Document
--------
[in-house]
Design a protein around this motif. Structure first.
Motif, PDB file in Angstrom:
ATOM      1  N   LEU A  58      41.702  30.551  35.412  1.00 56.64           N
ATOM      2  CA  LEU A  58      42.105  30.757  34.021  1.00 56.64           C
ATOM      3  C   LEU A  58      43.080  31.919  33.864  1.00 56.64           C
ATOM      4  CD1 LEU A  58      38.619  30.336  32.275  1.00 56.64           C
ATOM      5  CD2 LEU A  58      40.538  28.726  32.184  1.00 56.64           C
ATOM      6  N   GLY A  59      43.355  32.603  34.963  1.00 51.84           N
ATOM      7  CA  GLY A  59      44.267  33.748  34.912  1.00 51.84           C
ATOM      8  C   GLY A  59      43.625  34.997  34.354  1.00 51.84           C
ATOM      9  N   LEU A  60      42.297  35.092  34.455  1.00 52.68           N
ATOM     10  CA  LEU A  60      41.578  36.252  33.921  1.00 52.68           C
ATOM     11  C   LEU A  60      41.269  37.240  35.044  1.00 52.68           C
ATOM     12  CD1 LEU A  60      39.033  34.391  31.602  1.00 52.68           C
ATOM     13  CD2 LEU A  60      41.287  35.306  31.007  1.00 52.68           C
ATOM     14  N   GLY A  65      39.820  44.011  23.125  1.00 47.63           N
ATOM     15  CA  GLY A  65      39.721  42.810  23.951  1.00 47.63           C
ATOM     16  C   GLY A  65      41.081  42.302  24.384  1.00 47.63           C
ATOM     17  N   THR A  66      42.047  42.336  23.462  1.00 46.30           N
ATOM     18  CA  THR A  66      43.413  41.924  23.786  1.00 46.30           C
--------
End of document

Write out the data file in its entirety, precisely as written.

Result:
[in-house]
Design a protein around this motif. Structure first.
Motif, PDB file in Angstrom:
ATOM      1  N   LEU A  58      41.702  30.551  35.412  1.00 56.64           N
ATOM      2  CA  LEU A  58      42.105  30.757  34.021  1.00 56.64           C
ATOM      3  C   LEU A  58      43.080  31.919  33.864  1.00 56.64           C
ATOM      4  CD1 LEU A  58      38.619  30.336  32.275  1.00 56.64           C
ATOM      5  CD2 LEU A  58      40.538  28.726  32.184  1.00 56.64           C
ATOM      6  N   GLY A  59      43.355  32.603  34.963  1.00 51.84           N
ATOM      7  CA  GLY A  59      44.267  33.748  34.912  1.00 51.84           C
ATOM      8  C   GLY A  59      43.625  34.997  34.354  1.00 51.84           C
ATOM      9  N   LEU A  60      42.297  35.092  34.455  1.00 52.68           N
ATOM     10  CA  LEU A  60      41.578  36.252  33.921  1.00 52.68           C
ATOM     11  C   LEU A  60      41.269  37.240  35.044  1.00 52.68           C
ATOM     12  CD1 LEU A  60      39.033  34.391  31.602  1.00 52.68           C
ATOM     13  CD2 LEU A  60      41.287  35.306  31.007  1.00 52.68           C
ATOM     14  N   GLY A  65      39.820  44.011  23.125  1.00 47.63           N
ATOM     15  CA  GLY A  65      39.721  42.810  23.951  1.00 47.63           C
ATOM     16  C   GLY A  65      41.081  42.302  24.384  1.00 47.63           C
ATOM     17  N   THR A  66      42.047  42.336  23.462  1.00 46.30           N
ATOM     18  CA  THR A  66      43.413  41.924  23.786  1.00 46.30           C